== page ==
Jp Morgan Chase Case Study

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“The love of money is the root of all evil” (1 Timothy 6:10, KJV). With over three billion individuals living in poverty, and 50 million being American, there is no question whether or not the world is facing economic crisis. Yet, how can the largest economy in the world, the US, be plagued with such an unequal distribution of wealth? The answer goes back to the deadly sin alluded to by Saint Timothy: greed. Heinous greed perpetrated by the 1%. In fact, according to BBC News, “the top 10 richest Americans hold half of all the income in [America]” Simply for personal interest, rich individuals hoard their money rather than adhere to their moral obligations of being “generous and ready to share” (1 Timothy 6:18).
In spite of this abhorrent cupidity, one company stands firm in their conservative and moral values: JPMorgan Chase & Co. Since inception in 2000, Chase has been a pioneer of innovation, integrity, and philanthropy, spearheading itself and society into a position of long-term success. In a generation labeled by economists as the ‘second gilded age’, Chase’s contributions are not only beneficial, but imperative to the disparities of its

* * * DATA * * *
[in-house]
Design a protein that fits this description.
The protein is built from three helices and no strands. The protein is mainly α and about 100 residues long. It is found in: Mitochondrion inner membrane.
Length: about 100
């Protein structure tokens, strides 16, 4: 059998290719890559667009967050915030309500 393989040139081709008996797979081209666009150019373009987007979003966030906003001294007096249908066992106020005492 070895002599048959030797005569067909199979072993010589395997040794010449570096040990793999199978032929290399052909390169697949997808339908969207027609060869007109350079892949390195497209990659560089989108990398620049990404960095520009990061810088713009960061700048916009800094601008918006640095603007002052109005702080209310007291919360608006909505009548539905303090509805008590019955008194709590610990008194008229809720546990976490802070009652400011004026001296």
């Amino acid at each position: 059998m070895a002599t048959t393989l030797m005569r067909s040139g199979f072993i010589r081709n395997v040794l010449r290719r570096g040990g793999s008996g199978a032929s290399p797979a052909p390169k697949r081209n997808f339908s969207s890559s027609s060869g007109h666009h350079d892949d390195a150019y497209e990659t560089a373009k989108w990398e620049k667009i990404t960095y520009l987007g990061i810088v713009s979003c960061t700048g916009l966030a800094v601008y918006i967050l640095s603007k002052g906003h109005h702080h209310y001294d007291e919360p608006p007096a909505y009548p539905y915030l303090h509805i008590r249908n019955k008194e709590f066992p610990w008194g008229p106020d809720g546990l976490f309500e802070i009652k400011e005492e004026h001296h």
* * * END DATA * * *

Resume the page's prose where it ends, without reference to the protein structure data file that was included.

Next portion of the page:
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Since 2000, when Chase was founded, New York has voted democratically for four consecutive years in a row. Despite this, Chase still is headquartered in New York City. While, this is easily explained by the fact that NYC is home to the financial capital of the world, it doesn’t account for why Chase still opens it’s doors to any religion and/or political affiliation. The answer lies simply in the fact that, like King’s, Chase strives to facilitate an intellectual community, even if that means inviting ideals that don’t necessarily embody their investor’s conservative and Christian mindset. As former King’s college trustee chairman, Andrew Mills puts it: “we wanted a school that engages debates and it’s hard to have that in a cornfield in

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